CCWPL: An Esoteric Programming Language in Snap

CCWPL is a programming language I made.

Link to the project.

From the project definition:



0: Rotate the wheel counter-clockwise.
1: Execute the currently selected command.

1: No op.
2: Set the referenced boolean to true.
3: Add the referenced boolean to the cache.
4: Perform a logical NOR on the two booleans in the cache and store it to the location of the referenced boolean.
5: If the referenced boolean is true, skip the next instruction. Otherwise, move to the previous instruction.
6: Request input in the form of a boolean and store to the location of the referenced boolean.
7: Output the referenced boolean.
8: Increment the memory pointer.
9: Decrement the memory pointer.
10: Halt the program.

When the wheel is rotated CCW, the command index is decremented. It also wraps (if 0, set self to 10).

Up to two booleans can be stored in the cache. If more are added, then the oldest one is removed to make place.




Memory in CCWPL is unbounded, like many other esoteric programming languages. That means it starts at just one boolean, but more can be added as the program calls for it.




There is a reporter named 'CCWPL: i (x) to i (y)'. It is essentially an auxiliary programmer, reporting the amount of '0's required to turn from command 'x' on the wheel to command 'y'. This allows much faster programming.
Use the 'join' block and the custom reporter to program faster. Refer to the instructions on the wheel (I recommend keeping a small sheet with them on it so you can follow along).




Input is accepted as a '1' (true) or '0' (false). Any other value and the program will not do anything.




Running a CCWPL program is all local. The output takes the form of a list with the program itself as the first item, the memory as the second, the cache as the third, and the actual output as the fourth. Press space to input another program after running.

Here is an example program:


It requests input from the user in the form of a boolean (true or false) and outputs the input.

I haven't actually tried to find out whether or not CCWPL is Turing complete, and I don't expect you to, either. The language was inspired by Whirl, another esoteric programming language (but it is Turing complete). If you're gonna program, I recommend using the 'turns i(x) to i(y)' block, it gets confusing keeping track of where you are on the wheel (though, not as confusing as Whirl).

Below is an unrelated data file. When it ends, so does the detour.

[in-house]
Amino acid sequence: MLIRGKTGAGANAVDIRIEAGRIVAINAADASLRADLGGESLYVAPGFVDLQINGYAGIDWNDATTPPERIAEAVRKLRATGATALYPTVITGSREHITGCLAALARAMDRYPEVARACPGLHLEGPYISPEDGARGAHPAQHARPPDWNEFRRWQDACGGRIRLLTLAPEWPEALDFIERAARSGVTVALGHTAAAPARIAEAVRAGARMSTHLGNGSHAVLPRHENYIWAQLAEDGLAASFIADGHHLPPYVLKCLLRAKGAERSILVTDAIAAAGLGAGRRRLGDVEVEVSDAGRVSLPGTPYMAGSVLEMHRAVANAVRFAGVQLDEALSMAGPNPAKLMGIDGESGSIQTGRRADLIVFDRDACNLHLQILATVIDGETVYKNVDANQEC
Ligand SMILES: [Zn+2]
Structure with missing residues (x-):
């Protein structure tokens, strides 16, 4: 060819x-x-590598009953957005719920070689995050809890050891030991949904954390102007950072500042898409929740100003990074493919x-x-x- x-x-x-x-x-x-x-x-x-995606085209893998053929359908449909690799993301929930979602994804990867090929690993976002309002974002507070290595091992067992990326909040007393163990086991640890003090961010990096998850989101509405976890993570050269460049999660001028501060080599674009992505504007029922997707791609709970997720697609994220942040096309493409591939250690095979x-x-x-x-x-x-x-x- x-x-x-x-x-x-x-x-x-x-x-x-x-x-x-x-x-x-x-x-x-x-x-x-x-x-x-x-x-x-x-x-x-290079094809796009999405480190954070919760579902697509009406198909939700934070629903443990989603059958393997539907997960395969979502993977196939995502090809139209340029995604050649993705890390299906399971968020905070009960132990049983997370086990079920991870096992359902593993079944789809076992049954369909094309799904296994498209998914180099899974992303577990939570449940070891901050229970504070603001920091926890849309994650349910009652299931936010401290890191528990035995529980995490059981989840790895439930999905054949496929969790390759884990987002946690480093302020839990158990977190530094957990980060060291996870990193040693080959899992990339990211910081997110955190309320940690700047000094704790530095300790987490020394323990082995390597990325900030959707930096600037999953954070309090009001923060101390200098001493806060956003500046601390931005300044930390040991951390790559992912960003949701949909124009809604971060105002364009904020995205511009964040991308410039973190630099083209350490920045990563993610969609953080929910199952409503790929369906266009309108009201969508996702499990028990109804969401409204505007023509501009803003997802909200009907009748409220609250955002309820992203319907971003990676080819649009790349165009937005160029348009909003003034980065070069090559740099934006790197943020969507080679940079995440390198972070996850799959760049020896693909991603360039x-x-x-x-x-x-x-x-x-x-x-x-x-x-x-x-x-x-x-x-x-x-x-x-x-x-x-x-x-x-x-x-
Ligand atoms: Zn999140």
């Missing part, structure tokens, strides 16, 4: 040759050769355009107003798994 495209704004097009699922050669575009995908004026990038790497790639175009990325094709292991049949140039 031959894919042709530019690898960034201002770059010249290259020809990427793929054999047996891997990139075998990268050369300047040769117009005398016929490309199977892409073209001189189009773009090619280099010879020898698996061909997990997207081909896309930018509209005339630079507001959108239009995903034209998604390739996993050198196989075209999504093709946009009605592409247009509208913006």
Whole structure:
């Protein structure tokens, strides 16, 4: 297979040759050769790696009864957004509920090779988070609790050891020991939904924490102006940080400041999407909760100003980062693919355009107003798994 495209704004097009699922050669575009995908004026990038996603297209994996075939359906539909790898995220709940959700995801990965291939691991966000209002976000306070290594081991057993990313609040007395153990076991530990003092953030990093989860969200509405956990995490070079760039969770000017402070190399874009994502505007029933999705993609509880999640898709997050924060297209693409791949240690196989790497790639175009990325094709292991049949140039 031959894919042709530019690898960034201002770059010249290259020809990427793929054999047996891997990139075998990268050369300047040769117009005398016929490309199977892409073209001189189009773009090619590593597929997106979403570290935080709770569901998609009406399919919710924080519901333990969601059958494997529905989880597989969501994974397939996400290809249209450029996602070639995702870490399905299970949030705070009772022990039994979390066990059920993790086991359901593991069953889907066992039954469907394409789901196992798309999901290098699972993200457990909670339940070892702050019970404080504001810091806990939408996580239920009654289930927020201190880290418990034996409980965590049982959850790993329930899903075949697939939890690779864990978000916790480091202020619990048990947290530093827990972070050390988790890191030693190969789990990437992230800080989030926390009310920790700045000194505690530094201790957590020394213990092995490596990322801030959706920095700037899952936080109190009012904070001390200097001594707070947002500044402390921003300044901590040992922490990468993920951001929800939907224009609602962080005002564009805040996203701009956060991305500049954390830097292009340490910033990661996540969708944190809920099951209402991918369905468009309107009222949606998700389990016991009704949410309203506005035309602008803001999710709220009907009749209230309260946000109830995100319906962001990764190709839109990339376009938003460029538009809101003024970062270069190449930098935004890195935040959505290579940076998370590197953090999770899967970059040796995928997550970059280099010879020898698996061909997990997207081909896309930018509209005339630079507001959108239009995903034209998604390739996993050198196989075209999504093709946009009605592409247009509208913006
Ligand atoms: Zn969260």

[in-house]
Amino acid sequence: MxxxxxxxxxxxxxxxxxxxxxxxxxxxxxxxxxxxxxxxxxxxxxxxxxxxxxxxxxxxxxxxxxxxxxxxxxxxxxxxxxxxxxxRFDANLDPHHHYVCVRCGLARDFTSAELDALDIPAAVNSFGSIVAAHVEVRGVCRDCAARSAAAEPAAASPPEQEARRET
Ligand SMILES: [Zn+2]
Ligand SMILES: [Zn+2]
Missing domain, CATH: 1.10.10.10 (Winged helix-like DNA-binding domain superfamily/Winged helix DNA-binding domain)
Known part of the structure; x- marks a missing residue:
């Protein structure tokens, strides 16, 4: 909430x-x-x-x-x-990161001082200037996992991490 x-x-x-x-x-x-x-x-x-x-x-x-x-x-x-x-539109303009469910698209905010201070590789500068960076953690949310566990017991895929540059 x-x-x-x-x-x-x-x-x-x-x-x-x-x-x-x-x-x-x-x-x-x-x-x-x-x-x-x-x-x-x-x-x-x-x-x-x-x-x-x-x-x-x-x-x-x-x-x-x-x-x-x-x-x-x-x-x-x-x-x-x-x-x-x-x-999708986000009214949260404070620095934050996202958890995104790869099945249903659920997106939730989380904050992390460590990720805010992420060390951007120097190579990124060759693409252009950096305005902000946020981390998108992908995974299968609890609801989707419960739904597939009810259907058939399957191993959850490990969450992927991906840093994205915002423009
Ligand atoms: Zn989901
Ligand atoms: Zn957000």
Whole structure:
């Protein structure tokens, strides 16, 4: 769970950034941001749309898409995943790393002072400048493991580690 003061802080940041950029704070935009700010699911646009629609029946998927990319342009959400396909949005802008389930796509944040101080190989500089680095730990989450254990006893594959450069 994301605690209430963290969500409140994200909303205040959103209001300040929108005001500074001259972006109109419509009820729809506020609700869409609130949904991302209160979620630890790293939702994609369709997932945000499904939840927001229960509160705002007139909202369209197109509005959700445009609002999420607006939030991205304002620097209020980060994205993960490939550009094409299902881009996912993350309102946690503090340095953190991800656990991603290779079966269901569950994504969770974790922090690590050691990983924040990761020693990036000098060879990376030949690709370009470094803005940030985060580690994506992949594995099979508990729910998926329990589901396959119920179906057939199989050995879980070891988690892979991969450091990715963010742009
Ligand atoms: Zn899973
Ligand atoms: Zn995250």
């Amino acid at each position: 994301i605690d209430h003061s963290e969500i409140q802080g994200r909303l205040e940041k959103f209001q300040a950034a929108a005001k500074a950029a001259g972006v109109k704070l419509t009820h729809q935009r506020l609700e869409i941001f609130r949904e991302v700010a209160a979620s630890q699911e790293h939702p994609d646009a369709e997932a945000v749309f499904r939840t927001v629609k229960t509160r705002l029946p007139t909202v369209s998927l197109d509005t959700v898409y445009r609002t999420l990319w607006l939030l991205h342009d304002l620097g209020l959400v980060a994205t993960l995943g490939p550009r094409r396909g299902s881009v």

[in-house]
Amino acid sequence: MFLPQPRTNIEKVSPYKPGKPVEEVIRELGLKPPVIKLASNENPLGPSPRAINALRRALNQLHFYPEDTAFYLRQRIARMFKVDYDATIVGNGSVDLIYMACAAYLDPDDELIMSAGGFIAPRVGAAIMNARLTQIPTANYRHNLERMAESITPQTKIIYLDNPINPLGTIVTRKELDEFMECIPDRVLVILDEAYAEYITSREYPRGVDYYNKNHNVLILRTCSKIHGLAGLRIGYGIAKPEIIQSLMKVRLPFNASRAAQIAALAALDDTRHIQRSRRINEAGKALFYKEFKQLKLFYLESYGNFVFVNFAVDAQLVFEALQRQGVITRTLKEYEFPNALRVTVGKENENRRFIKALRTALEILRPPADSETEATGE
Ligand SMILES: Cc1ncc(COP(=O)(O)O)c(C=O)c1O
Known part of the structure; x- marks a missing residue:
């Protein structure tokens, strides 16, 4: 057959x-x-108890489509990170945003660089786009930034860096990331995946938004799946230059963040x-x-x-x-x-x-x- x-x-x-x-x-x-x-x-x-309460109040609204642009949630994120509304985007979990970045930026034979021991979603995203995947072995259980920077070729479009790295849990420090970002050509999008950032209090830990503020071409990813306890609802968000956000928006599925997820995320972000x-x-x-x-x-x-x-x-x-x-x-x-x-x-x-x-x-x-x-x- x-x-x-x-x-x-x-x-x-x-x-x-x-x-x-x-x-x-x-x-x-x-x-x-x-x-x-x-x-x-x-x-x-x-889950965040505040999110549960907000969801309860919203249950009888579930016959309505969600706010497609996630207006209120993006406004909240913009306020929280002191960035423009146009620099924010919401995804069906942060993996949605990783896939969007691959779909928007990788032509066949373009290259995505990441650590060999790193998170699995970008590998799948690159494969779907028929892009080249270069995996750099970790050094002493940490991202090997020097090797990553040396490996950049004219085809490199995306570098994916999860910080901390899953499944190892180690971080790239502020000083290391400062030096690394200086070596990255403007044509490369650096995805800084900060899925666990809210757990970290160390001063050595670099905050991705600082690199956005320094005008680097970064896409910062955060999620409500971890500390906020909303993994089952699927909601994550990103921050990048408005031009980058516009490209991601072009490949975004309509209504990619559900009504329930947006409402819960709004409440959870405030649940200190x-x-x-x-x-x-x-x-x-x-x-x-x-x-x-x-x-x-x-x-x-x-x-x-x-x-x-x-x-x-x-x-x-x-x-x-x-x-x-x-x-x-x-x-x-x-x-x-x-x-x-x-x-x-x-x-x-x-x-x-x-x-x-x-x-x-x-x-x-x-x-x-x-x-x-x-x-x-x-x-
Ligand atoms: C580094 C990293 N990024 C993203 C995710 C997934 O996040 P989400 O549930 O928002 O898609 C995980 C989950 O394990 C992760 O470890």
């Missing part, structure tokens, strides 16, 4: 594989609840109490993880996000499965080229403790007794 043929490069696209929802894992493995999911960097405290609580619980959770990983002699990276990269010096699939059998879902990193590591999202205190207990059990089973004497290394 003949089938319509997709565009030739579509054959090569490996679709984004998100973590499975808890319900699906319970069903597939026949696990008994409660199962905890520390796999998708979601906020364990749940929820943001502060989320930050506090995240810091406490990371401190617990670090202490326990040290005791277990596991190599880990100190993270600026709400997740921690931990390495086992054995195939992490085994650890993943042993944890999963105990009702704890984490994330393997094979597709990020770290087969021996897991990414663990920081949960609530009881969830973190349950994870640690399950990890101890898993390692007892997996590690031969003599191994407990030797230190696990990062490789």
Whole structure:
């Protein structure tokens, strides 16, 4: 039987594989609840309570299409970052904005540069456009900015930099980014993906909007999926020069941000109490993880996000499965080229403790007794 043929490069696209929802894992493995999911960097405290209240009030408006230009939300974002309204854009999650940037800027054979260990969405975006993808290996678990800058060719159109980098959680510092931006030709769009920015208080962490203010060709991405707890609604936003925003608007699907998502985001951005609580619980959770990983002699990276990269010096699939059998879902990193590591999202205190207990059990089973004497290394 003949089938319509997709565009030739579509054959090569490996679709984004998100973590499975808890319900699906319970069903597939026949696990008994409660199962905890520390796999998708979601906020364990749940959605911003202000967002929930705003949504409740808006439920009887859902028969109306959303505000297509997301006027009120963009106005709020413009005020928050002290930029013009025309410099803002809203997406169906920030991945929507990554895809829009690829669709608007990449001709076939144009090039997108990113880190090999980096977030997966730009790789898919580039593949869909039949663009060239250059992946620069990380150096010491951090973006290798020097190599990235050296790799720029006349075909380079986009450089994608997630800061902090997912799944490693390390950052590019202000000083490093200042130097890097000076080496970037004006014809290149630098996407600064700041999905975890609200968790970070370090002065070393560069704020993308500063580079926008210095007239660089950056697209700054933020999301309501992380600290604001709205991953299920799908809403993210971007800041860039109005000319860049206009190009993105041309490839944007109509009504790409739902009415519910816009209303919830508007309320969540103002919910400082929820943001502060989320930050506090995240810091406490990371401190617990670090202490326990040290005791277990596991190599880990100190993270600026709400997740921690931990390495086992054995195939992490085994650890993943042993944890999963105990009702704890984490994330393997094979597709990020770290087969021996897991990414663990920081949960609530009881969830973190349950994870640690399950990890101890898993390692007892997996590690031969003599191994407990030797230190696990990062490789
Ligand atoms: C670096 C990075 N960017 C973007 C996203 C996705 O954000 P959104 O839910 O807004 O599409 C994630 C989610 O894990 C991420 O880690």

CCWPL means "Counter Clock Wise Programming Language".



Why not have an actual wheel as the sprite's costume so you can watch it turn?

Admittedly I was too lazy to implement some sort of visualization when I made the program, but it only took me a few minutes to add one in. Updated project

I edited this comment multiple times but I have another program (albeit simple).


Takes two booleans (supplied by the user) and outputs the logical NOR of the two.

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Nice. I'm working on one called Thred2D

The "quine" example program is actually a cat, not a quine. A quine is a program that outputs its source code. A cat is a program that asks the user for input, then outputs it.

Also there's a bug: the output feature outputs a list full of weird things.

Yeah, I meant to type "cat" program, but I never got around to changing the name of the program.

But the output isn't actually a bug. I like to keep everything that went into the program visible, so here's whats in the list:

  1. The first item is the program you decided to run.
  2. The second item is a list containing memory. It starts off with just one boolean set to false, but can grow if needed.
  3. The third item is the cache. This is where logical operations (actually, just the NOR) are performed, the results of which are stored in the item in memory currently pointed to by the boolean.
  4. The fourth item is the actual output.

Maybe I should get rid of all the stuff and just show the output, but I'd rather not work on this programming language anymore. It's quite lazy and I'm not even sure if its Turing complete. For my next project I'd probably implement this programming language called "grass" but my previous two attempts have not been successful. Third time's the charm? Maybe...